Rating ScalesMoody'sS&PFitchRating descriptionLong-termShort-termLong-termShort-termLong-termShort-termAAAP-1AAAA-1+AAAF1+PrimeAa1AA+AA+High gradeAa2AAAAAa3AA-AA-A1A+A-1A+F1Upper medium gradeA2AAA3P-2A-A-2A-F2Baa1BBB+BBB+Lower medium gradeBaa2P-3BBBA-3BBBF3Baa3BBB-BBB-Ba1Not primeBB+BBB+BNon-investment gradeBa2BBBBspeculativeBa3BB-BB-B1B+B+Highly speculativeB2BBB3B-B-Caa1CCC+CCCCCSubstantial risksCaa2CCCExtremely speculativeCaa3CCC-Default imminent with littleCaCCprospect for recoveryCCD/DDD/In default/DD/DThese securities are more complex and require an accurate diagnosis of repayment more difficult than with other debt ratings. This is because they are formed by pooling debt and structured by "slicing" the pool into multiple tranches", each with a different priority of payment.

Sovereign borrowers, including national governments, states, municipalitiesSovereign borrowers are the largest debt borrowers in many financial markets. Governments from emerging and developing markets may borrow from other governments and international organizations, such as the World Bank and the International Monetary Fund

Ratings in Structured Finance & in Sovereign DebtVariables of perception of the Attractively & Risk of Investment:Politics & Society Perception of Attractively Perception of Risk Freedom Status Corruption Public Ethics Elite Division Government efficiency Social Cohesion Judicial Independence Pressure Population Business Ethics Community antagonism Public Institutions Quality People drain Basic Education and Health of populations Insecurity Professional quality of labor Utilities Deficiency Quality of the labor market Inefficient government bureaucracy International Image of the Leader Youth unemployment rateEconomy & Business Perception of Attractively Perception of Risk Flow of investments Hard access to financing Natural resources endowment Un-initiative tax regulation Quality of private Foreign currency restrictions factor cost Uncontrolled Inflation Infrastructure Weak quality of financial services Macroeconomic framework Insufficient supply of infrastructure Development of market financial Unbalanced development Business Climate (Doing Business) Market size Global Technology capabilities Inadequate educated workforce Notoriety in the investors circles Poor work ethic in national labor forceCriticismThe CRAs ratings were characterized by critics as "catastrophically misleading and "provided little or no valueUntil the early 1970s, bond credit ratings agencies were paid by investors who wanted neutral information on the credit issuers and their particular offerings. Starting early 1970s, the "Big Three" ratings agencies began to receive payment for their work by the securities issuers for whom they issue those ratingsThis has led to charges that these ratings agencies can no longer always be impartial when issuing ratings for those securities issuers. Securities issuers have been accused of "shopping" for the best ratings from these three ratings agencies, in order to attract investorsInaccurate ratings and forecastsThe methodologies employed may be defective.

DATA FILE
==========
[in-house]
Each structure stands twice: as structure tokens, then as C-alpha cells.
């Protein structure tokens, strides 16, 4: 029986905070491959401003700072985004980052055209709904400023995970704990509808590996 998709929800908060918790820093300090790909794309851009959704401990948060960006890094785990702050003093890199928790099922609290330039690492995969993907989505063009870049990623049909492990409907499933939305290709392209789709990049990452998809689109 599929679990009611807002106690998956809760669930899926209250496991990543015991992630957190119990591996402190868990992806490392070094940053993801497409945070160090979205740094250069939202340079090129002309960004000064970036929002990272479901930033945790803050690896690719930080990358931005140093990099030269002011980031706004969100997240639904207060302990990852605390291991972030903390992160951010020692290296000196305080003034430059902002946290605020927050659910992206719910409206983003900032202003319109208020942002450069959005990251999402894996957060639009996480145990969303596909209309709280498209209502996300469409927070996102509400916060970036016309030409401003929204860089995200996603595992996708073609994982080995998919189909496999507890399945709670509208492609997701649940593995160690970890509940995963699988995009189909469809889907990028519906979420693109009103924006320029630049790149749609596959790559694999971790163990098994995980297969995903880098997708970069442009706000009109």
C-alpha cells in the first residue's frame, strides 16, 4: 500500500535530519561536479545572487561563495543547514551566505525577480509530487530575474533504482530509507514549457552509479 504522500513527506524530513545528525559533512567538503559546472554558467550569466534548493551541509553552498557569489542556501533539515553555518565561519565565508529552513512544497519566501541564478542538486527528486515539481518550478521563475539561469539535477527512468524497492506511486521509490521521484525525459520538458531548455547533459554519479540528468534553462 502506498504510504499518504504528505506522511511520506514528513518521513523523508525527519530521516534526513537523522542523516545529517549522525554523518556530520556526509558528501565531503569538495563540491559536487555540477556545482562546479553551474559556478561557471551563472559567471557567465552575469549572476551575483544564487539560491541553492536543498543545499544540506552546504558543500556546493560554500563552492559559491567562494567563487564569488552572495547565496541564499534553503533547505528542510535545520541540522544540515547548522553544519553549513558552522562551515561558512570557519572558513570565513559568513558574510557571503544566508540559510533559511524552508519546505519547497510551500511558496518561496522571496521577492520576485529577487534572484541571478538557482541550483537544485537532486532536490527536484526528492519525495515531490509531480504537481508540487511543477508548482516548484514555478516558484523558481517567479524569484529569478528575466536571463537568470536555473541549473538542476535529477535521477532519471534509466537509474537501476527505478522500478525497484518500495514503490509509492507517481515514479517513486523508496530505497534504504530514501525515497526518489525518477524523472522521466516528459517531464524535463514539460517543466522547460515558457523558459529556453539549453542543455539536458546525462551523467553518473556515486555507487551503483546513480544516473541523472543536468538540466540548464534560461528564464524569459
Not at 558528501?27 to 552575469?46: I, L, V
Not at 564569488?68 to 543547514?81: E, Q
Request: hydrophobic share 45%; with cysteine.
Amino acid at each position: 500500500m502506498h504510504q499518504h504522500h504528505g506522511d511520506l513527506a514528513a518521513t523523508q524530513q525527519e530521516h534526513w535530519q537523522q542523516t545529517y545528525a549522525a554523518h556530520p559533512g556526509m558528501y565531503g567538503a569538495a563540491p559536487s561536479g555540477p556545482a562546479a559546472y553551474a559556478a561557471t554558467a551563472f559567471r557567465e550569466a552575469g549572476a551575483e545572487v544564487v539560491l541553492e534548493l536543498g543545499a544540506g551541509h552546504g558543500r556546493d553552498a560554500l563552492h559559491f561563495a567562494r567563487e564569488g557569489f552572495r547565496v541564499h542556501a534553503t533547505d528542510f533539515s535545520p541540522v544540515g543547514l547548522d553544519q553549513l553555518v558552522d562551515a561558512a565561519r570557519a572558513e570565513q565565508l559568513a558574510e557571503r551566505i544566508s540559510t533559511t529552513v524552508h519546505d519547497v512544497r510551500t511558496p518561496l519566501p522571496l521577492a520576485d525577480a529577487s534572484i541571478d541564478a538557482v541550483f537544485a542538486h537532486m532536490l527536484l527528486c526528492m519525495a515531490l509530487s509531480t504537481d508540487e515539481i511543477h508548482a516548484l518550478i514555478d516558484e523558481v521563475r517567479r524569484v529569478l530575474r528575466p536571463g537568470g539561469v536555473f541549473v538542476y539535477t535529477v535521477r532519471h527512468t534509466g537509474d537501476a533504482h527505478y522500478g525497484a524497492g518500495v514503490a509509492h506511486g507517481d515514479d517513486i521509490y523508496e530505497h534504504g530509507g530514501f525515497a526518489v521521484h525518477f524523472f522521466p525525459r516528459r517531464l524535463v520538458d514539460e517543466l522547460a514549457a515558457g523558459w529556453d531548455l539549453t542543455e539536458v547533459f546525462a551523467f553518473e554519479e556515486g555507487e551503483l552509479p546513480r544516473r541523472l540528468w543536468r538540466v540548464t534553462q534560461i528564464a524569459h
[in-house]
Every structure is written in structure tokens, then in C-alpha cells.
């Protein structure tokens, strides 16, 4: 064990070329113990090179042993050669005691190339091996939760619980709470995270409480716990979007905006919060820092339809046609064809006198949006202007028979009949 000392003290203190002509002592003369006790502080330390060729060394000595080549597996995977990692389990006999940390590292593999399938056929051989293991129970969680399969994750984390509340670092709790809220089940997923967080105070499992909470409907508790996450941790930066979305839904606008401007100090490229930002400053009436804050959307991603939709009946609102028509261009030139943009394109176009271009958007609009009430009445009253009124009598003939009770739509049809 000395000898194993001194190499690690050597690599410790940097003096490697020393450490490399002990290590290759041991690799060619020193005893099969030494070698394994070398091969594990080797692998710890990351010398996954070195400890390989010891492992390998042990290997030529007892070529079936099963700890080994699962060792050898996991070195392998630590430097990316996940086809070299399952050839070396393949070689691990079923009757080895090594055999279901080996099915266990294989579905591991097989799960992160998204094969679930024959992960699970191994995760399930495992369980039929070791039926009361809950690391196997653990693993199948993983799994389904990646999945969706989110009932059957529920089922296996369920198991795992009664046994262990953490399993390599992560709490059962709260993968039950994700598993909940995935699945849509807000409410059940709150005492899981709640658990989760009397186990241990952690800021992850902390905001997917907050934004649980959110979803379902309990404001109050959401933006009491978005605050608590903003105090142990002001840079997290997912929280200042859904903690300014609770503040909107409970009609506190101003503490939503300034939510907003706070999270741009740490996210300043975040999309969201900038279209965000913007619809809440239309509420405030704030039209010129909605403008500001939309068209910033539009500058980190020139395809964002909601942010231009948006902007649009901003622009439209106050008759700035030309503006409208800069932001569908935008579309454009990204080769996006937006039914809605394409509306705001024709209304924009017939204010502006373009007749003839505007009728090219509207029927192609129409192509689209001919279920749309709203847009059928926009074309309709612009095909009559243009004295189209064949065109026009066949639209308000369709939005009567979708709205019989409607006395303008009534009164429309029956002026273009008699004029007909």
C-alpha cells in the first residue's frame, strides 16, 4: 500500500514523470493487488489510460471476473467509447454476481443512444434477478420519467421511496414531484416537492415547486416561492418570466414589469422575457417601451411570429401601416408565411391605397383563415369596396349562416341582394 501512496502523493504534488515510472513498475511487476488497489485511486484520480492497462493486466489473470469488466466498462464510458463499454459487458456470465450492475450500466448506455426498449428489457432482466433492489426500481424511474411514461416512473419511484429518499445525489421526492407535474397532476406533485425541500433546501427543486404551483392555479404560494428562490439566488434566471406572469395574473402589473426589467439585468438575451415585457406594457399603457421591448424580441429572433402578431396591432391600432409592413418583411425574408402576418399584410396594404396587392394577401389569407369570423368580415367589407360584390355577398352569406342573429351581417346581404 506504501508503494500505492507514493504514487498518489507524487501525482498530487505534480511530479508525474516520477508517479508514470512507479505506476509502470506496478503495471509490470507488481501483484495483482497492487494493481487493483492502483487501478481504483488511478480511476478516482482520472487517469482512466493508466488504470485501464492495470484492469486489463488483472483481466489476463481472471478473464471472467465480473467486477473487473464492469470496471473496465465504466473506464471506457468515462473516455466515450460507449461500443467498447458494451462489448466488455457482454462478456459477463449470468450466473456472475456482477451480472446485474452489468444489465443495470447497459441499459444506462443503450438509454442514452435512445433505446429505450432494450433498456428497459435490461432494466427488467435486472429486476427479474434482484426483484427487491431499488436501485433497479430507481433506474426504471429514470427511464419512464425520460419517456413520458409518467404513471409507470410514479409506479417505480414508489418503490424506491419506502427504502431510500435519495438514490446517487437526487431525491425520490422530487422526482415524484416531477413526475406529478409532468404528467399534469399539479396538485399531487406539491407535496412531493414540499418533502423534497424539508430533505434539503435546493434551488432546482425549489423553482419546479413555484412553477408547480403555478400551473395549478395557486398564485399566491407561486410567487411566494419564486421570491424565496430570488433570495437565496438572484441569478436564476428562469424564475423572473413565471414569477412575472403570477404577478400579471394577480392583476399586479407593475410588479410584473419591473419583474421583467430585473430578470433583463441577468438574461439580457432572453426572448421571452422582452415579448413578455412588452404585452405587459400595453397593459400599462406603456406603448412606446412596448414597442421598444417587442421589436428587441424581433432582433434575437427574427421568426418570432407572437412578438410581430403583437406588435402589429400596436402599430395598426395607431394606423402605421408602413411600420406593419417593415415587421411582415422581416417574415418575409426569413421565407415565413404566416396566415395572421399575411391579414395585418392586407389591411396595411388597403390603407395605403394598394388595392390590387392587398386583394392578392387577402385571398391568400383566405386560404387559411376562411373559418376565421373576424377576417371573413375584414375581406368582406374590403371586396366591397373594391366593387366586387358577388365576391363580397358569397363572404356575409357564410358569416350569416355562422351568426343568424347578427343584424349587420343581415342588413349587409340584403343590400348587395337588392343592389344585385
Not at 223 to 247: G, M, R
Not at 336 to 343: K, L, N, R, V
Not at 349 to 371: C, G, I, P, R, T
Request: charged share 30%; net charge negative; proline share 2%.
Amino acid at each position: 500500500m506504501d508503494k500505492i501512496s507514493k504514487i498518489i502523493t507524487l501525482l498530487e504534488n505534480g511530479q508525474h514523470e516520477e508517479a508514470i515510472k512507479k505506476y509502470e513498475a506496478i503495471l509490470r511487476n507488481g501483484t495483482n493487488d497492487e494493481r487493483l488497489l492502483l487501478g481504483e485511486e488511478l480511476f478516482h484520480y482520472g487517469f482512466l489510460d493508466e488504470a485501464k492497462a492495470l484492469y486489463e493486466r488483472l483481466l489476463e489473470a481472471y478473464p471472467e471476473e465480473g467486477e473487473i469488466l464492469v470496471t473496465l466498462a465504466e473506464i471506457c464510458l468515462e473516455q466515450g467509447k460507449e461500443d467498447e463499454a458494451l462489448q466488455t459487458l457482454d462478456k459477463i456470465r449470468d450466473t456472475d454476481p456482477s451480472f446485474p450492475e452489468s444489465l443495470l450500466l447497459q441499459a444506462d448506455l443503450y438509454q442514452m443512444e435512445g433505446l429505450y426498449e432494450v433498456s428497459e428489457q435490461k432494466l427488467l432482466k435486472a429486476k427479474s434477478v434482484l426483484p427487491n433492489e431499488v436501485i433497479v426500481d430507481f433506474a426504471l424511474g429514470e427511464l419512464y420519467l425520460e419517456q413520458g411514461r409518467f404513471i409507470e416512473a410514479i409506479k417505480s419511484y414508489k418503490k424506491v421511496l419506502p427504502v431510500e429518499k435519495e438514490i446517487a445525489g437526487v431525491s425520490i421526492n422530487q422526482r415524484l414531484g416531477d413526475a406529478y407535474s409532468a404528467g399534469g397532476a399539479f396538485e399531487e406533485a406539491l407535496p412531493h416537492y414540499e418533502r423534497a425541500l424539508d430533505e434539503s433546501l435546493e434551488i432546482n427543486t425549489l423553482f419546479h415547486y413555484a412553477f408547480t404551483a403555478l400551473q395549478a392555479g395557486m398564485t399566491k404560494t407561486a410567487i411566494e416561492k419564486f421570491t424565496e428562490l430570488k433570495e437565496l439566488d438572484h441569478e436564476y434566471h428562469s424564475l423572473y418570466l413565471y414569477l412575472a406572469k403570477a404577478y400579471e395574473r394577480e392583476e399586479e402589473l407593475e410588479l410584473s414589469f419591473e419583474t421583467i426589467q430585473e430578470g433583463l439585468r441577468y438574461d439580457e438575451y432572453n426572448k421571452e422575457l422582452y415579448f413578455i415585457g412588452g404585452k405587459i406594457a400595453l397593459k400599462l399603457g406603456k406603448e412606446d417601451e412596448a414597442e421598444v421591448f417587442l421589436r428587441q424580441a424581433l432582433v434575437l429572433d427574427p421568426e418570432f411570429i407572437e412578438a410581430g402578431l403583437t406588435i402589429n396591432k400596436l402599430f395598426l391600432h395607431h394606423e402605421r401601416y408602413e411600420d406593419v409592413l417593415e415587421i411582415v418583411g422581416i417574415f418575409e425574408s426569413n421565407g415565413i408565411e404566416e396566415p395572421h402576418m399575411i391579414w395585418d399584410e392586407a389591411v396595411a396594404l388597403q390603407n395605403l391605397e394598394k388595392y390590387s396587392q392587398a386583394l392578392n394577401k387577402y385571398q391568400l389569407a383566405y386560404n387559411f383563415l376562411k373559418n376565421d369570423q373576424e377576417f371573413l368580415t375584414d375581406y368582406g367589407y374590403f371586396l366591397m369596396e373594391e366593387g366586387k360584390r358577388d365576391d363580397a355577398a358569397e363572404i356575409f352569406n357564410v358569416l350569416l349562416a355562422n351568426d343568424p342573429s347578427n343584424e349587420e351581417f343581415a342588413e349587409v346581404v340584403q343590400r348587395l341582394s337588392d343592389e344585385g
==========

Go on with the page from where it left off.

The rating agencies interest in pleasing the issuers of securities who are their paying customers and benefit from high ratings, creates a conflict with their interest in providing accurate ratings of securities for investors buying the securities.

The rating agencies may have been significantly understaffed during the subprime boom and thus unable to properly assess every debt instrument.

Agency analysts may be underpaid relative to similar positions with investment banks and Wall Street firms

The functional use of ratings as regulatory mechanisms may inflate their reputation for accuracy.Business ModelsMost agencies operate under one or a combination of business models: 1- the subscription model2- the issuer-pays model

Under the subscription model, the credit rating agency does not make its ratings freely available to the market, so investors pay a subscription fee for access to ratings. Under the issuer-pays model, agencies charge issuers a fee for providing credit rating assessments.

World countries Standard & Poor's ratings:

Lebanon Credit Rating:

Credit Rating 2014Standard & PoorsMoodysFitchB (Domestic)B (Foreign)B1 or B+BOutlook: StableOutlook: Stable

Outlook: Stable

Rating Criteria Lebanon 2014

Why Criteria Matter? Criteria provide a foundation for comparable ratings; it helps to support the quality & comparability of the ratings.

Criteria provide a Global Benchmark.

The Economic CriteriaHigh Incomes Quality of Life (Standard of living).Gross National Income (GNI)Capital consumption & Cross border ownership of assets.Property Rights.Freedom from CorruptionGovernment Spending

Fiscal / Business / Labor / Monetary / Trade / Investment / Financial Freedom.Population.Unemployment ~ 20% primarily women & youths ~ 220,000 / 324,000 people out of work.InflationGDP (Gross Domestic Product)FDI inflow (foreign direct investments).External Debt: 26,149 Million $.

Lebanon Population: 4 Million.GDP : 63.2 Billion $ 1.5% Growth 5.5% - 5 year compound annual Growth. 15.757 $ per capital.

Inflation : 6.6%FDI inflow : 3.8 Billion $

Lebanon is ranked 9th out of 15 countries in the Middle East / North Africa region.

Lebanon 2014Economic Criteria ScoreProperty Right 20Freedom From Corruption24.5Business Freedom55.6Labor Freedom 58.7Monetary Freedom74.5Government Spending73.7Fiscal Freedom90.9Trade Freedom75.8Investment Freedom60Financial Freedom60TOTAL593.7 / 10 = 59.4*Lebanon 2014Overall score: 59.4World Rank: 96Regional Rank: 9

(*)Please note that the world average is of 60.3

ConclusionLebanons economic freedom score is 59.4, making its economy the 96th freest in the 2014 index. Its score is essentially unchanged from last year, with small improvements in business freedom, monetary freedom & the control of government spending. Lebanon is ranked 9th out of 15 countries in the Middle East/North Africa region & its overall score is just below the world average.